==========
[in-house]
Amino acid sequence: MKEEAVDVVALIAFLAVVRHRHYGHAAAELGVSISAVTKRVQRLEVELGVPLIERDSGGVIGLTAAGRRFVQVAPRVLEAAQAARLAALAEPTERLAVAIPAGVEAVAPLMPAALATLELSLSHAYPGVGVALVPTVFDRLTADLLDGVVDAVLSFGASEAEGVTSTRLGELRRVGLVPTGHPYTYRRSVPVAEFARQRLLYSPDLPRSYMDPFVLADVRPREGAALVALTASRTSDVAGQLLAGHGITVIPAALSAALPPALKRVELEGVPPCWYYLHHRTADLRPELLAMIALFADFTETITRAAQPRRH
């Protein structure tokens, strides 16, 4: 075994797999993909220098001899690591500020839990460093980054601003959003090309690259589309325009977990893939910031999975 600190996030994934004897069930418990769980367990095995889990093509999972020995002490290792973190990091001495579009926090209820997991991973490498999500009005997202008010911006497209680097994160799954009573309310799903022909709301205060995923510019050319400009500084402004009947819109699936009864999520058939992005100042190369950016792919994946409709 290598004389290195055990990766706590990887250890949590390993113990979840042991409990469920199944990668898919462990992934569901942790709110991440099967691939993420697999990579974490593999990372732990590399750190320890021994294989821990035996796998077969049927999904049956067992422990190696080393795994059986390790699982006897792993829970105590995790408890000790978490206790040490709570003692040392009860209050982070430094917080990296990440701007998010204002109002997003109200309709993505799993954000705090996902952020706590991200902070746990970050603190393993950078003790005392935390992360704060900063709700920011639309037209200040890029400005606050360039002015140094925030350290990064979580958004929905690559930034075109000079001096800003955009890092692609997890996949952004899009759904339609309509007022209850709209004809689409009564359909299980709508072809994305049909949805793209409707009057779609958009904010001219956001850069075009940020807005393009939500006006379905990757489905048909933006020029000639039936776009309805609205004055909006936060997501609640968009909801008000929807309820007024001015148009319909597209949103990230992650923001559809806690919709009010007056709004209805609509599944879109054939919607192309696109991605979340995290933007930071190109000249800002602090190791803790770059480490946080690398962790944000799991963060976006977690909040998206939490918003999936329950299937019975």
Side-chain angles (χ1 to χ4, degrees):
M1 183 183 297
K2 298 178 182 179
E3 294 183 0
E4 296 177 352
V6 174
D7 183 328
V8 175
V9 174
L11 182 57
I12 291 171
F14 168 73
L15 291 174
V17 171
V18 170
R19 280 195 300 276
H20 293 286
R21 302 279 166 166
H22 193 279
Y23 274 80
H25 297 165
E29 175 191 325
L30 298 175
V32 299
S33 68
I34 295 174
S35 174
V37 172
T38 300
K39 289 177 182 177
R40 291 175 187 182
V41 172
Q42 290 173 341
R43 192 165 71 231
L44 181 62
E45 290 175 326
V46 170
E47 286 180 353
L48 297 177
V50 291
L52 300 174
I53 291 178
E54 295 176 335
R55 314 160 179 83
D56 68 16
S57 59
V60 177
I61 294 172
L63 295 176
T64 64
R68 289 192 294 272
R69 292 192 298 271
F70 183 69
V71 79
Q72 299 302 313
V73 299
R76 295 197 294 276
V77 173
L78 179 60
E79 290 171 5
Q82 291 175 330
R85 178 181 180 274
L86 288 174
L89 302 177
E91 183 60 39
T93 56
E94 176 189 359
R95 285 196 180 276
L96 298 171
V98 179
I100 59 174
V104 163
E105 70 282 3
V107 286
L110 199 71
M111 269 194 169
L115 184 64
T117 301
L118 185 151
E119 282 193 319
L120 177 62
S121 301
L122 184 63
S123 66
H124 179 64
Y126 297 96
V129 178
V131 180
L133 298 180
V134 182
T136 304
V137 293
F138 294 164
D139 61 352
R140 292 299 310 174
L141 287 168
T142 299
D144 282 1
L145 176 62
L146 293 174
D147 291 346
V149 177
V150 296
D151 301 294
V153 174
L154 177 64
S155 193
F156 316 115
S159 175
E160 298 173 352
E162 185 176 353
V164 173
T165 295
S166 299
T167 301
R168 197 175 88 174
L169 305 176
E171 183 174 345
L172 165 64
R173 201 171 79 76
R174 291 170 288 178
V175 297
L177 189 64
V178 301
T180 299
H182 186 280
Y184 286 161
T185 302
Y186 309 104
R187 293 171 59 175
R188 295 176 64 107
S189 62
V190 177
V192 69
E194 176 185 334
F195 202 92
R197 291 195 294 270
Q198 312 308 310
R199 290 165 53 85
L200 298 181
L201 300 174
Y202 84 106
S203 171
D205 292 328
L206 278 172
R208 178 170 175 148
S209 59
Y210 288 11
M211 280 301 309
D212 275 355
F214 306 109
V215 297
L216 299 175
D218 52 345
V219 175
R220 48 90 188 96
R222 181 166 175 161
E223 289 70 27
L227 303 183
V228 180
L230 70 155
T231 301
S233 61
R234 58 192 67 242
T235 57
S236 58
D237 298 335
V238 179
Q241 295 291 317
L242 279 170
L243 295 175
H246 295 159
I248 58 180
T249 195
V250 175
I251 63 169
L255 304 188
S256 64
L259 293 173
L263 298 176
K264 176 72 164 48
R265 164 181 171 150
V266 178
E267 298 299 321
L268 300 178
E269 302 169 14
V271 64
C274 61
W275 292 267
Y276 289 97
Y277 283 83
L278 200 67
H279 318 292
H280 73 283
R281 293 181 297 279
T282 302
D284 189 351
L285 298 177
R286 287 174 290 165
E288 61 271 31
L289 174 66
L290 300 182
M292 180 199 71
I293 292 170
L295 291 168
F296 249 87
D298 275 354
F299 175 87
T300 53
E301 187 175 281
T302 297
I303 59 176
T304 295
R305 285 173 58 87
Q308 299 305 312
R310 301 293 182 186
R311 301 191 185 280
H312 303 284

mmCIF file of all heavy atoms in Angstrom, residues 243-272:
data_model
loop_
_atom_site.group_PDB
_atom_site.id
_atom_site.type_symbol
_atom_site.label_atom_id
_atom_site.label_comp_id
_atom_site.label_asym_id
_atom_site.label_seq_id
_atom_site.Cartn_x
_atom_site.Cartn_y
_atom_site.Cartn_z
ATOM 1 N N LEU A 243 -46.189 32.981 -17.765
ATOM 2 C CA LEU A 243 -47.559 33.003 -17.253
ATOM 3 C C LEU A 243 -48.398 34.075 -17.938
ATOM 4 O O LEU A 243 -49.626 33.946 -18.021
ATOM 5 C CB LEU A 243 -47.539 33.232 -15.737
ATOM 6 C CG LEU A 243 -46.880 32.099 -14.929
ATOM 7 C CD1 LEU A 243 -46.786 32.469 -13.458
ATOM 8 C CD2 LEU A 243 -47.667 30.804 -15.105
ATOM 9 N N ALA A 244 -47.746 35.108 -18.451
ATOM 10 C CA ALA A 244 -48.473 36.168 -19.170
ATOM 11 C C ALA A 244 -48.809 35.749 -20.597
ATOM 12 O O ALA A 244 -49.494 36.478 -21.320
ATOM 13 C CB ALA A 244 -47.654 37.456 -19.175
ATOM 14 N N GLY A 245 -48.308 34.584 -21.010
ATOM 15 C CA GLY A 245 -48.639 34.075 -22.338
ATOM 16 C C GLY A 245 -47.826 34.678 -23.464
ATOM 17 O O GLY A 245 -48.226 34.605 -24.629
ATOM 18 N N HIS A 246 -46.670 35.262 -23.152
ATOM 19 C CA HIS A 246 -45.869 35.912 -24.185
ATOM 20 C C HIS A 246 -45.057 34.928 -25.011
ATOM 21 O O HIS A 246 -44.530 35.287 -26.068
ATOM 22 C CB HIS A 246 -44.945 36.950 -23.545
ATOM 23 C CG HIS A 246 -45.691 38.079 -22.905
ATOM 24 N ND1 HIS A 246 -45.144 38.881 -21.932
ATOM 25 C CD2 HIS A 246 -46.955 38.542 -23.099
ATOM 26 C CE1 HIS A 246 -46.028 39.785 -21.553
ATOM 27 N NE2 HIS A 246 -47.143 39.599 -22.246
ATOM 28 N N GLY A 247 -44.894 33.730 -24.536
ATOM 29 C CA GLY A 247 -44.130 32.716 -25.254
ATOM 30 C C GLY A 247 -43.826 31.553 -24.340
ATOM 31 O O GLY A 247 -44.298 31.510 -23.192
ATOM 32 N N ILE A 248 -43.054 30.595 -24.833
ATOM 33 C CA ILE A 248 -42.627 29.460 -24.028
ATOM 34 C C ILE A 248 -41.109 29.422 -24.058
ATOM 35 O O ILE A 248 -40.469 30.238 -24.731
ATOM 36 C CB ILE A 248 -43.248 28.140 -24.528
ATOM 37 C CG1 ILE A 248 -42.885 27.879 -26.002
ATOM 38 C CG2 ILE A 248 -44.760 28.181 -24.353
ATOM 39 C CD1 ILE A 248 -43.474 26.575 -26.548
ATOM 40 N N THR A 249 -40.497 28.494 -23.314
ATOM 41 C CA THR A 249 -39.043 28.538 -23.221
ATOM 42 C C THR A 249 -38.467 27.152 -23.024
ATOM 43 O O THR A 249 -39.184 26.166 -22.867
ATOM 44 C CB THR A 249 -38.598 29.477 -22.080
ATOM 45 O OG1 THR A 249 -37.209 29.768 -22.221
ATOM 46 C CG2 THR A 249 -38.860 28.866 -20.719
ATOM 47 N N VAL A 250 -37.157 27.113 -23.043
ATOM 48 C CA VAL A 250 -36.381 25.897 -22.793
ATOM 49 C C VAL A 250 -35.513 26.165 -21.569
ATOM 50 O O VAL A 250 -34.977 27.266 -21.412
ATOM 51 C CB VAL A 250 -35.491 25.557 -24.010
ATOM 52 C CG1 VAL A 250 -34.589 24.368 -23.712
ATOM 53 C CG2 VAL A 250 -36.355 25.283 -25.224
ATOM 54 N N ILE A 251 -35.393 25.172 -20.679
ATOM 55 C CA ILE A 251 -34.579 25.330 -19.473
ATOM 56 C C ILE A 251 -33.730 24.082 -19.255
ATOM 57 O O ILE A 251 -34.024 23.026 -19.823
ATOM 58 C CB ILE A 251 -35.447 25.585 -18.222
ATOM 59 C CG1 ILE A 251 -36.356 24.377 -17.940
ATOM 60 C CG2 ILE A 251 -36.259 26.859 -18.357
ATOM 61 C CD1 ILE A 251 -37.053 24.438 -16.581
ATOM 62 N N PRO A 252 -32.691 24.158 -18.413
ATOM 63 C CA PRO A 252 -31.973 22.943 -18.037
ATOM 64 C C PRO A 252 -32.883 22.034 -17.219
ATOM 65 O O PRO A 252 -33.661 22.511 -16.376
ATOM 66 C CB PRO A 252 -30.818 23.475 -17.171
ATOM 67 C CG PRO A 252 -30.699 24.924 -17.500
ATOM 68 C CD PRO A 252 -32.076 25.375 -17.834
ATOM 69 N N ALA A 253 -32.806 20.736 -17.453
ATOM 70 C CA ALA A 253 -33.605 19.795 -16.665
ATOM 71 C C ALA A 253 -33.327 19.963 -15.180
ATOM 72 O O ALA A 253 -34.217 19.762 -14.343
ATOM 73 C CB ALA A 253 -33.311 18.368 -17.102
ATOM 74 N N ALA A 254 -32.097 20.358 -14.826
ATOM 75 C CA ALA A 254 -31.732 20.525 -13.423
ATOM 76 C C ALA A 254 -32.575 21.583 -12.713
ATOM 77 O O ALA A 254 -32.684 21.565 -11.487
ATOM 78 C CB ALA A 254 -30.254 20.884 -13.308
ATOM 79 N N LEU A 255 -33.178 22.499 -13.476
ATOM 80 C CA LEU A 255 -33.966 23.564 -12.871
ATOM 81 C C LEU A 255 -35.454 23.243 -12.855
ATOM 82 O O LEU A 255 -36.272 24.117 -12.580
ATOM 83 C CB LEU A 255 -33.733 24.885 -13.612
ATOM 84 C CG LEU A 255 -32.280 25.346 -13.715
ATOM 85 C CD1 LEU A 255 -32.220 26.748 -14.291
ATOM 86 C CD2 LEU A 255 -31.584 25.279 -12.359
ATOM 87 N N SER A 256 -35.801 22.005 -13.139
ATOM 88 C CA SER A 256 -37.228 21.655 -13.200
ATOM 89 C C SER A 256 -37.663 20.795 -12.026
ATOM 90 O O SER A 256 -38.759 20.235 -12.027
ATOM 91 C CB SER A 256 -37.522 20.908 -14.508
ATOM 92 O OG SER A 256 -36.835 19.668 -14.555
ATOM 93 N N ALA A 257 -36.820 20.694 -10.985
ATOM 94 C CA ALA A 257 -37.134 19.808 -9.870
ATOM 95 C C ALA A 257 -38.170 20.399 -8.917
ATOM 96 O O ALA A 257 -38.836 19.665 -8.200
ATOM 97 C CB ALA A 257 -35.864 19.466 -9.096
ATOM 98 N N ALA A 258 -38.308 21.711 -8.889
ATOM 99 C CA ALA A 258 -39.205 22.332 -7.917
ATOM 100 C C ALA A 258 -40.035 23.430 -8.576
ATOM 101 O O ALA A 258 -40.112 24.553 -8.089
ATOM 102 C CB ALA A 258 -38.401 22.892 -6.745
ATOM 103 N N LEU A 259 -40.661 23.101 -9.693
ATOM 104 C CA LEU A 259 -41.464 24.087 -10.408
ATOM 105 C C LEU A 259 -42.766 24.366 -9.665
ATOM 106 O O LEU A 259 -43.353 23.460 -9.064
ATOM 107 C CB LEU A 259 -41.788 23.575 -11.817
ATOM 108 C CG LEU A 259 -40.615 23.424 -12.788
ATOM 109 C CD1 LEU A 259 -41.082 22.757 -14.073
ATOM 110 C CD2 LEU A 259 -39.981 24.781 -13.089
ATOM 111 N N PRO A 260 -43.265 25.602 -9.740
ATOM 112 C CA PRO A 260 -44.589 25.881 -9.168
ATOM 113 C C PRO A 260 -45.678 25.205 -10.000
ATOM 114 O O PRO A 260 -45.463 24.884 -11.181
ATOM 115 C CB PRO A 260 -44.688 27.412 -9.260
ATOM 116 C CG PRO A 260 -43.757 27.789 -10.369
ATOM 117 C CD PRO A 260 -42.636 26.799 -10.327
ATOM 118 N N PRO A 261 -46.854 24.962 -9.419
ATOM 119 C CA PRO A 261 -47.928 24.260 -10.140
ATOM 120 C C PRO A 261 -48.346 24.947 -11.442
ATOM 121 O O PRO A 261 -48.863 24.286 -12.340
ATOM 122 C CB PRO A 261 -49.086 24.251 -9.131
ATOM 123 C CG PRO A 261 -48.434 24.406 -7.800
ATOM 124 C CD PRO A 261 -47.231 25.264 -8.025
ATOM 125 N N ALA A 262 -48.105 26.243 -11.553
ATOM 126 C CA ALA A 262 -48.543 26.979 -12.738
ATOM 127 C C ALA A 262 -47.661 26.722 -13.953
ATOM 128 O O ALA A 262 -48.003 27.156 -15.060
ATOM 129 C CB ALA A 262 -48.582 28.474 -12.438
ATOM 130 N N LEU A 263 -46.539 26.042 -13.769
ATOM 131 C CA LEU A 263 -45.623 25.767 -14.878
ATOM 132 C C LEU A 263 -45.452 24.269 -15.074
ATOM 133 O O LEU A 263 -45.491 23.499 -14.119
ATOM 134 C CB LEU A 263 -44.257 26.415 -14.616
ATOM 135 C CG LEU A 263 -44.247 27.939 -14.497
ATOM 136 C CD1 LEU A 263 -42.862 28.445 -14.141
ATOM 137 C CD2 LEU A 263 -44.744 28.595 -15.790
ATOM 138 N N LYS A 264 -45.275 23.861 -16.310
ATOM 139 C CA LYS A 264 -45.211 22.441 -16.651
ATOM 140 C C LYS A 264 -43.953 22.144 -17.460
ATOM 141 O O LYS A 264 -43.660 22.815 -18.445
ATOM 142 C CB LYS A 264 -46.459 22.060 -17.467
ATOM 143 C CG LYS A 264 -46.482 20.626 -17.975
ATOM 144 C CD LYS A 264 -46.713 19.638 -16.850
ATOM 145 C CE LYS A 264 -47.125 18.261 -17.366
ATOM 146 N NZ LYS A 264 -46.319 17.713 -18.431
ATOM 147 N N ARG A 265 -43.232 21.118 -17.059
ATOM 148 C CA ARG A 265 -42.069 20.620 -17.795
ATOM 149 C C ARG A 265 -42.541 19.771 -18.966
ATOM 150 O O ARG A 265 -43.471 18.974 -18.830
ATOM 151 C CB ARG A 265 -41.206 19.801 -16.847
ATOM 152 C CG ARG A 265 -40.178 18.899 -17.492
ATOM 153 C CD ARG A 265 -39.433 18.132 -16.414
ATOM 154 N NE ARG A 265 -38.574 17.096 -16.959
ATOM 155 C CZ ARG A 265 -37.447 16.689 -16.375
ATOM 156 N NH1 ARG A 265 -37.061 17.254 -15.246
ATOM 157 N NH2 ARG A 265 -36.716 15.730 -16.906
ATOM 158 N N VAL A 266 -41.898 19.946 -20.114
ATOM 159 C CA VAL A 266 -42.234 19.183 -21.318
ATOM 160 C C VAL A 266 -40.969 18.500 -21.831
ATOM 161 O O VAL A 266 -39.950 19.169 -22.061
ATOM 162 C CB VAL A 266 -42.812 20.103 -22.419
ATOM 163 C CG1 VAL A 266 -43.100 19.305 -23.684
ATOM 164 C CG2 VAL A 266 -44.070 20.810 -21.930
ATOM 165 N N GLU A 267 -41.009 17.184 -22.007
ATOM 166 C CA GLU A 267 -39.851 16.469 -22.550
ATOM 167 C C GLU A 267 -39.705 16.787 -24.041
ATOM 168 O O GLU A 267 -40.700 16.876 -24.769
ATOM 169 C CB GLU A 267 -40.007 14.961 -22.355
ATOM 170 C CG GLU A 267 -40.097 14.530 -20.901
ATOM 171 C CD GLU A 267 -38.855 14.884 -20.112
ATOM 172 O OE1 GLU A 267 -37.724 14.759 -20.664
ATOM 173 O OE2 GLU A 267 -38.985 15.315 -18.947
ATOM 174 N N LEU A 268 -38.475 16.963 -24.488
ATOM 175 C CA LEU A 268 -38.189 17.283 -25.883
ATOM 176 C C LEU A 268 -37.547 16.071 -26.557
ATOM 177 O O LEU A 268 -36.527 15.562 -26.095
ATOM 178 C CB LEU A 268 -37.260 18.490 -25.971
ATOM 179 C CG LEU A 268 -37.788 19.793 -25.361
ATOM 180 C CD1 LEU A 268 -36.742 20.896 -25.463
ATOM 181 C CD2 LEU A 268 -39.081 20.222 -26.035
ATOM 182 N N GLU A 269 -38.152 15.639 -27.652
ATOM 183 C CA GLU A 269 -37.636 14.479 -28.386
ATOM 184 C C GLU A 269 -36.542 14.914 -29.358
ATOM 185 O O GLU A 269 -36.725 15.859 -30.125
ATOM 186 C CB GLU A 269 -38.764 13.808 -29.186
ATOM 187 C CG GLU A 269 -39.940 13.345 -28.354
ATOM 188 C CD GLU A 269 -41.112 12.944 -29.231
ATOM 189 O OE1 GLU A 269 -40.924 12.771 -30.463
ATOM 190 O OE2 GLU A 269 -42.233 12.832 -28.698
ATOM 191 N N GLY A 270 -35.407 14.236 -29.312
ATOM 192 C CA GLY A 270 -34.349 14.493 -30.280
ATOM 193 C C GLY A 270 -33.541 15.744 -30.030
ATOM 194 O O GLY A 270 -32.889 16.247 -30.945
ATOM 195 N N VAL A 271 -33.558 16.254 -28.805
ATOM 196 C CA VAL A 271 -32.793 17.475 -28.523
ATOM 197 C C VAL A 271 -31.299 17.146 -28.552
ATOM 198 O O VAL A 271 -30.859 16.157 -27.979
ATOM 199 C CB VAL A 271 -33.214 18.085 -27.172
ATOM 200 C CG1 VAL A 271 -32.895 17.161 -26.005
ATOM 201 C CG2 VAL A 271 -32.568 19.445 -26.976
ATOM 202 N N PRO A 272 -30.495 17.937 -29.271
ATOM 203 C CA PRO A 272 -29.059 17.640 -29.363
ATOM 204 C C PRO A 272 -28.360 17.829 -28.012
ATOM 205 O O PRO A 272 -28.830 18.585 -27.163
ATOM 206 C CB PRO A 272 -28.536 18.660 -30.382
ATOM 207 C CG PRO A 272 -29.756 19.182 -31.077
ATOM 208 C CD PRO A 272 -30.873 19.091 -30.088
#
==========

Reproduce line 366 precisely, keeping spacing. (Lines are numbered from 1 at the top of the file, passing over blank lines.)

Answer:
ATOM 132 C C LEU A 263 -45.452 24.269 -15.074